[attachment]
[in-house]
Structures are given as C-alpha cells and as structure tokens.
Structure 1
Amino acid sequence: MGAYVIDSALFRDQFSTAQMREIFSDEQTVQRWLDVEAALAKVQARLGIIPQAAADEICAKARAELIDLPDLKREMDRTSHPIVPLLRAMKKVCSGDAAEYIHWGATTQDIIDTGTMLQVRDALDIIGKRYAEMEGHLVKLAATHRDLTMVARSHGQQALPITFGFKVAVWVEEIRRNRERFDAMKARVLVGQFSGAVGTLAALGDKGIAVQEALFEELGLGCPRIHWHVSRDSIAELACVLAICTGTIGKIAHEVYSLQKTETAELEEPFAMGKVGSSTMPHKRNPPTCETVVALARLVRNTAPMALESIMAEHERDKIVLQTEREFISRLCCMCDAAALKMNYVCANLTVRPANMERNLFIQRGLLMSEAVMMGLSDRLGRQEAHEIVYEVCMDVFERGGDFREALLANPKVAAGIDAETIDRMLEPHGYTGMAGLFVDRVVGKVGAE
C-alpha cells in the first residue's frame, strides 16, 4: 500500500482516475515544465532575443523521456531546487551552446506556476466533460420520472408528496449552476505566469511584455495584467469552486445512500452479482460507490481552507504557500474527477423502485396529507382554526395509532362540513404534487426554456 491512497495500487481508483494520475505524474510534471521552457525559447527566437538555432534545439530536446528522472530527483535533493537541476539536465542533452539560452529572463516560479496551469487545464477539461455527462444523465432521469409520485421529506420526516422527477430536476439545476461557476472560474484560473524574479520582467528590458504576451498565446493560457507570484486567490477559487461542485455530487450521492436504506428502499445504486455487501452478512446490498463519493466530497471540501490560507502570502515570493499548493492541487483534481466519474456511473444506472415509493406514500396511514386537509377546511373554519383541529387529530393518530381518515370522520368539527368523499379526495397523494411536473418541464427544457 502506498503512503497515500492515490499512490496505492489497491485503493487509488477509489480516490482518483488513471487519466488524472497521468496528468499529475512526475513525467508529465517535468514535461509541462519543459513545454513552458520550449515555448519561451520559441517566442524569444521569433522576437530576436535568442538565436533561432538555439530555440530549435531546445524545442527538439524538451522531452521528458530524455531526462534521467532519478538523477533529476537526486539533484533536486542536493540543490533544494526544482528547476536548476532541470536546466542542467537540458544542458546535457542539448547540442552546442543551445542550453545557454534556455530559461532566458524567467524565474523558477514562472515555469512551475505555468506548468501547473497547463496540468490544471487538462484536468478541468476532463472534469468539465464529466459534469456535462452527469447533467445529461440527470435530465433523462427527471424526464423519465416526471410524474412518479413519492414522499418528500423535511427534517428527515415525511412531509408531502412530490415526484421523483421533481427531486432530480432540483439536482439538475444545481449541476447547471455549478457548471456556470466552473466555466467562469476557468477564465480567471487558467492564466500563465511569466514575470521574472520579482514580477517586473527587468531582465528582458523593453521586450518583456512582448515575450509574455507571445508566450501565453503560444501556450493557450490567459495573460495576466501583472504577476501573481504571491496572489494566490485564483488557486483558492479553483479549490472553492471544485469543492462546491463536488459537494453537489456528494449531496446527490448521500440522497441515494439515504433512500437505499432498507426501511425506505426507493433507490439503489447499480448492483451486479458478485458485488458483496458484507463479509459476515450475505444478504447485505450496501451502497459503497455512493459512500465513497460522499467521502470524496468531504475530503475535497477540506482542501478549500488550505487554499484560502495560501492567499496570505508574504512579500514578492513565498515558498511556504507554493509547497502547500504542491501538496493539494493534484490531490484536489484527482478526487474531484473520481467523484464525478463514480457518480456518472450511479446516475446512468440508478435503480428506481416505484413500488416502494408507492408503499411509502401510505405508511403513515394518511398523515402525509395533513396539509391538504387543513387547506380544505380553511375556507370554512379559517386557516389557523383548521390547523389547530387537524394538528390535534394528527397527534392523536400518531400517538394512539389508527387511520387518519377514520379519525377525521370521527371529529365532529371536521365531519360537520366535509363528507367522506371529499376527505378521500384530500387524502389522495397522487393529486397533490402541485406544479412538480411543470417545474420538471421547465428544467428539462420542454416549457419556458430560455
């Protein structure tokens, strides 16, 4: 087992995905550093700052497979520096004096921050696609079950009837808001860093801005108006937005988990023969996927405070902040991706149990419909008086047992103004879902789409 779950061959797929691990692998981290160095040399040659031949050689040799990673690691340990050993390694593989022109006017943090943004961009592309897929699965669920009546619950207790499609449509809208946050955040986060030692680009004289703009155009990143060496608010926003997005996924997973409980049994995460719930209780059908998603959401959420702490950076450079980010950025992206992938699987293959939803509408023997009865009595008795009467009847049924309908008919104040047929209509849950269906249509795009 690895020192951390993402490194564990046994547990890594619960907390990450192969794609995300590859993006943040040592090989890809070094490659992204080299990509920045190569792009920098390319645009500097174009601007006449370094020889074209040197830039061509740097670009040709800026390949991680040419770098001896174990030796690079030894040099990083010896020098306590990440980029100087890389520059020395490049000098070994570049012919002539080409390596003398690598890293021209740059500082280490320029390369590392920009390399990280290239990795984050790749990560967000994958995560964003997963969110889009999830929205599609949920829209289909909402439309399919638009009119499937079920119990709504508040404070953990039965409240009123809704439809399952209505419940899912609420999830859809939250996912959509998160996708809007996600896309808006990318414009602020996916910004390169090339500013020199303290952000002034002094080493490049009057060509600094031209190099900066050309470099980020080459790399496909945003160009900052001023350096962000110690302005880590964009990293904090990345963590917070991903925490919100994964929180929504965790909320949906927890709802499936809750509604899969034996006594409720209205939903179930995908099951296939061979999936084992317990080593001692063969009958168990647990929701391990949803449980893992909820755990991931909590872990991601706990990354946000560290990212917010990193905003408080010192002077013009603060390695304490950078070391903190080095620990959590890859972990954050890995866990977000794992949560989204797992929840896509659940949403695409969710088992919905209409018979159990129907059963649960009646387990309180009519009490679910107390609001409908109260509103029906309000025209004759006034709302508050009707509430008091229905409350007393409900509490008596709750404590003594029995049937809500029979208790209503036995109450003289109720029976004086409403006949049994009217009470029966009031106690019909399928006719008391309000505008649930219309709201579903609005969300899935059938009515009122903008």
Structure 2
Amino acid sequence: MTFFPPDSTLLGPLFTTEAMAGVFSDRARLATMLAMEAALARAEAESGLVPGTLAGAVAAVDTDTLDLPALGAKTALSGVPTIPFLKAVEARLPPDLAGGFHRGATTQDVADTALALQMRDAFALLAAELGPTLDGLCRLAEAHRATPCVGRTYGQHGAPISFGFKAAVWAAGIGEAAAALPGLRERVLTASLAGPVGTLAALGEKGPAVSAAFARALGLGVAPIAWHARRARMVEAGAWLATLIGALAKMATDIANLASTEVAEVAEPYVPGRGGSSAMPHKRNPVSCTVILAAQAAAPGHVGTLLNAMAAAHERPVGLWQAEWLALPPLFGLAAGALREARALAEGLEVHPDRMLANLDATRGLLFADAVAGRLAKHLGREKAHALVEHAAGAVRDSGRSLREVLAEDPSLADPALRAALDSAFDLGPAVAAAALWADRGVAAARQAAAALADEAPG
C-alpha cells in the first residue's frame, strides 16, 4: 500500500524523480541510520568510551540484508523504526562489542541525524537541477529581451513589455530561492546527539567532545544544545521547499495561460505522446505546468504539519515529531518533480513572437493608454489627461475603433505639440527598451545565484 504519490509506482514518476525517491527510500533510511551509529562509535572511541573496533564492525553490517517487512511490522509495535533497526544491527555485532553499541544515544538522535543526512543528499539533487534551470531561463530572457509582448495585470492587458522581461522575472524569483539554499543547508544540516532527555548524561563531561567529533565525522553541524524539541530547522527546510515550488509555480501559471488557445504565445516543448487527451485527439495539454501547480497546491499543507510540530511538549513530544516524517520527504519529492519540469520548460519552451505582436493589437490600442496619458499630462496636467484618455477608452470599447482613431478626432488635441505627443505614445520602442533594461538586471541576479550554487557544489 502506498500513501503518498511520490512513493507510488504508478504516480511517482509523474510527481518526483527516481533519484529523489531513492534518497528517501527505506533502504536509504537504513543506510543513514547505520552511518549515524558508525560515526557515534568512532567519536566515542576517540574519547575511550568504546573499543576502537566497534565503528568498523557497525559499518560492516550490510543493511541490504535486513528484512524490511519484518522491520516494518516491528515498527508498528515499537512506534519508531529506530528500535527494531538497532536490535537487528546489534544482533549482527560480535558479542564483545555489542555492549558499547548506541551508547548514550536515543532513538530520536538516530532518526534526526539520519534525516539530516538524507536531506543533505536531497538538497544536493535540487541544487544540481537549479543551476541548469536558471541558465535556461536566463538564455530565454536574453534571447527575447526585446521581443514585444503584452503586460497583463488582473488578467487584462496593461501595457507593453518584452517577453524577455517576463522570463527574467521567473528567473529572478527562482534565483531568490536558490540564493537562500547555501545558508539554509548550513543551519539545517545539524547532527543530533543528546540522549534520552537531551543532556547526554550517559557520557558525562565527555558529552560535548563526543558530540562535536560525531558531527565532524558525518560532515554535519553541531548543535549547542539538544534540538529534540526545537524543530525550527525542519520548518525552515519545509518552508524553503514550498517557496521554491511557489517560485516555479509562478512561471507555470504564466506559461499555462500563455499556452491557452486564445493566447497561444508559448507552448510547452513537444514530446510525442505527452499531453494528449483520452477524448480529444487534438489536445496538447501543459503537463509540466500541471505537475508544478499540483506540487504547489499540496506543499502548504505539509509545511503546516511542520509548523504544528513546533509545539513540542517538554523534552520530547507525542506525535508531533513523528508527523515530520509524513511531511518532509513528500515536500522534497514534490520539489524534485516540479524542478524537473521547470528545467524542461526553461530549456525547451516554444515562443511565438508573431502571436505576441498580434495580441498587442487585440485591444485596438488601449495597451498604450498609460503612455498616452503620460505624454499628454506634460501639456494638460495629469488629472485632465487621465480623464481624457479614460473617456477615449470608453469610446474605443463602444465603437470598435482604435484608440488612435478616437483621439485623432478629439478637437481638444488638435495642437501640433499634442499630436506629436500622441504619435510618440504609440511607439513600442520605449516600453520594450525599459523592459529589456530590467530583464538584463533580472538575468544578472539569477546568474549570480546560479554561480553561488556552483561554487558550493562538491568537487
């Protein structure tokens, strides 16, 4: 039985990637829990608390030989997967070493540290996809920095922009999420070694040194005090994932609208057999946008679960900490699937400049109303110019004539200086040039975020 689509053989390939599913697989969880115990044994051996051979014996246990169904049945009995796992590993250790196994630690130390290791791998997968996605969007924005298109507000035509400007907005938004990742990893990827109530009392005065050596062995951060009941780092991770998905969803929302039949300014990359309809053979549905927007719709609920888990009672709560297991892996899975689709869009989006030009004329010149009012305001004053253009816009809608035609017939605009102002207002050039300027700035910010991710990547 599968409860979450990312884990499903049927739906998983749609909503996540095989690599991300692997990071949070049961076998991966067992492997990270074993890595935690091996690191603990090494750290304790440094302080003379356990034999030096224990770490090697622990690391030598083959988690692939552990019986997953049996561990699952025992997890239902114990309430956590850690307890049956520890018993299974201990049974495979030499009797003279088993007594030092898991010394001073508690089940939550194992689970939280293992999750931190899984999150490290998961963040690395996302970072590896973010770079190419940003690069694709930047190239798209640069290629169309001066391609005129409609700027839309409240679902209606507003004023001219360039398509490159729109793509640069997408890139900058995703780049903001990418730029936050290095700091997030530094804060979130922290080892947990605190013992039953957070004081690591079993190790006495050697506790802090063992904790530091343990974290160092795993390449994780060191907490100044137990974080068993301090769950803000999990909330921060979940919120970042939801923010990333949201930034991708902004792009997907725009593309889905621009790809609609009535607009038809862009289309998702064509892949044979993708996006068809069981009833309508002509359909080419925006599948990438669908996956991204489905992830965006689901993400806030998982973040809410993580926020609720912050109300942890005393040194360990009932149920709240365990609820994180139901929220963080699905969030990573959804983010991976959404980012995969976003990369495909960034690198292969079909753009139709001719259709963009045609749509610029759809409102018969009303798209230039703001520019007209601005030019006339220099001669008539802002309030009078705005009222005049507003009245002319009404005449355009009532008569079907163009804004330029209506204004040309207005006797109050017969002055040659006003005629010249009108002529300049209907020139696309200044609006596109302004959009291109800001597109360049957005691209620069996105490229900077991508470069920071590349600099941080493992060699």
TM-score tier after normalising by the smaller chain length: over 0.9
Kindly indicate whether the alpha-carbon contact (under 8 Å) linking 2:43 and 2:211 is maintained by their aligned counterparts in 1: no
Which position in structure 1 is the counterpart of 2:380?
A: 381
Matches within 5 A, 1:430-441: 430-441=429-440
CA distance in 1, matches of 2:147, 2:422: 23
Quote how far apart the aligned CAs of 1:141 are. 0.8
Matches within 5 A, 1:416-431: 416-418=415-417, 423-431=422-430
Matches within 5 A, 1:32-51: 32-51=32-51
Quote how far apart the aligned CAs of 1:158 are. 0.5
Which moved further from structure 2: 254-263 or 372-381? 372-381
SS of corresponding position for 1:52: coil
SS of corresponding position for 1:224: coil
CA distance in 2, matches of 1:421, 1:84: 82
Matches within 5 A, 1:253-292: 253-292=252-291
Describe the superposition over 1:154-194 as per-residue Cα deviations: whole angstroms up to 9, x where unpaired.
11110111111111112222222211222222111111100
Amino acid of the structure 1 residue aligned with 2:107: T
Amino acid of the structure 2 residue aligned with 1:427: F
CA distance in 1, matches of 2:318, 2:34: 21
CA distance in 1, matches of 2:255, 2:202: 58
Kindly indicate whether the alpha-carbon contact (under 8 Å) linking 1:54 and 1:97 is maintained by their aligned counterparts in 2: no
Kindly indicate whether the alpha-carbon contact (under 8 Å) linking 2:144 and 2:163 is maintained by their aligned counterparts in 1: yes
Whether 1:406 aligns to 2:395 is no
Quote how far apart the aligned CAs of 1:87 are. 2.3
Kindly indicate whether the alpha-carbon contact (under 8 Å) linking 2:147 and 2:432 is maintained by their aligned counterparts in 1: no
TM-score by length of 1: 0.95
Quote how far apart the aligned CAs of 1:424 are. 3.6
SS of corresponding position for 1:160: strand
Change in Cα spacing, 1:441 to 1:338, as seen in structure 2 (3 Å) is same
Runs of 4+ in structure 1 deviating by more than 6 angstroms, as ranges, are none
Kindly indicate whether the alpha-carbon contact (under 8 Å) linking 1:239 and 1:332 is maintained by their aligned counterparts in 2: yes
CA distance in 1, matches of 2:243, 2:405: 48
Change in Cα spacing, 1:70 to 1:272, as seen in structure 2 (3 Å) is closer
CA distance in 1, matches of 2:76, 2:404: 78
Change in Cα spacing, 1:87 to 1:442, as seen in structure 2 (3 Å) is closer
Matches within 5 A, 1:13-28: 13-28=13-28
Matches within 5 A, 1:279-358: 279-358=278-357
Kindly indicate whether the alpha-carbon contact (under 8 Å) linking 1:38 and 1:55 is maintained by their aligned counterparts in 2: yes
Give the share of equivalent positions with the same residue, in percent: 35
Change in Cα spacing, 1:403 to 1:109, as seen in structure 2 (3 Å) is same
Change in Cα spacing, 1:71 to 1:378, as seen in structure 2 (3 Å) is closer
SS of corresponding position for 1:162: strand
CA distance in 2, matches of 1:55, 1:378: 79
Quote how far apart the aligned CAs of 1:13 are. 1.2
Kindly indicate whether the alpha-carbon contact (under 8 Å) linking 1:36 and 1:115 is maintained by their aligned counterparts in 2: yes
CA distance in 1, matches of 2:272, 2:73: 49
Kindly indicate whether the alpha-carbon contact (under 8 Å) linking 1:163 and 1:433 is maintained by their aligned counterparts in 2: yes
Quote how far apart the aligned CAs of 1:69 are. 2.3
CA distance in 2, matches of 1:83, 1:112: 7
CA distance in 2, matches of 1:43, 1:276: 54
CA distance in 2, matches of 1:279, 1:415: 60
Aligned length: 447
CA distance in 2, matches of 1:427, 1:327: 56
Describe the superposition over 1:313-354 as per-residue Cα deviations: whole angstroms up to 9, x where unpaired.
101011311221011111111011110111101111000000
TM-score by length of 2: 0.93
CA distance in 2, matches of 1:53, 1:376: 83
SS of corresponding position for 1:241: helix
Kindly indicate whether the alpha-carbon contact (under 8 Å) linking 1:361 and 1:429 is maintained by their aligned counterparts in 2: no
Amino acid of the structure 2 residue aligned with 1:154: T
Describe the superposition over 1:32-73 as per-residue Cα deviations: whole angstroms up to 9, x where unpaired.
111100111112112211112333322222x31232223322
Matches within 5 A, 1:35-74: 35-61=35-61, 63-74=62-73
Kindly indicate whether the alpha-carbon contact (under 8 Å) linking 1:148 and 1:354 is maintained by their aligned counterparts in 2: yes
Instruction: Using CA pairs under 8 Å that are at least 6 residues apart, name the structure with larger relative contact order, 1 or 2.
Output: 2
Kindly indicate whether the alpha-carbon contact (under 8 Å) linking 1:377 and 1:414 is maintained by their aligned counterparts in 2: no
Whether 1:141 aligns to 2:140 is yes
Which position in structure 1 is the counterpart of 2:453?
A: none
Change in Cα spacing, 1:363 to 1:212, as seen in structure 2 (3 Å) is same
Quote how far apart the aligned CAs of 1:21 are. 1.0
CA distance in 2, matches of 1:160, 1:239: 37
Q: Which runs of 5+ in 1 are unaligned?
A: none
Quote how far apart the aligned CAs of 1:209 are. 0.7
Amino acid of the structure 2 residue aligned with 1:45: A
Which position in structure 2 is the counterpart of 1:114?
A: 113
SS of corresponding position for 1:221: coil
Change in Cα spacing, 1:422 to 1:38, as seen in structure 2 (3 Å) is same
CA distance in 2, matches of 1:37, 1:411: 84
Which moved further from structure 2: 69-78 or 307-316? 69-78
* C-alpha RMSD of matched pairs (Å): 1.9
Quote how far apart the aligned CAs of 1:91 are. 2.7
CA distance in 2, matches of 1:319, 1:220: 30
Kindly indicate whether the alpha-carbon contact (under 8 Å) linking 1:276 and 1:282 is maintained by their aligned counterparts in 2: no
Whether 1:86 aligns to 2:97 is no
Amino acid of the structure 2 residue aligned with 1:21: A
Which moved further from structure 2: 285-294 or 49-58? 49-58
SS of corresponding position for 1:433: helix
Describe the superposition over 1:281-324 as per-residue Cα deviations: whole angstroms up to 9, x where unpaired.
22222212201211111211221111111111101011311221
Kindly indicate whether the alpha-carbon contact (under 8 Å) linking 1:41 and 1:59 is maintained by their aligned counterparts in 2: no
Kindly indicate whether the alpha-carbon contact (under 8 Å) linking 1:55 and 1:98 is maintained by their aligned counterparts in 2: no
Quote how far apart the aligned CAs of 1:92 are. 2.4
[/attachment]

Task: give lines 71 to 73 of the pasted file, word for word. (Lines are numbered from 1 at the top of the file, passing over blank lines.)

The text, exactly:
Amino acid of the structure 2 residue aligned with 1:154: T
Describe the superposition over 1:32-73 as per-residue Cα deviations: whole angstroms up to 9, x where unpaired.
111100111112112211112333322222x31232223322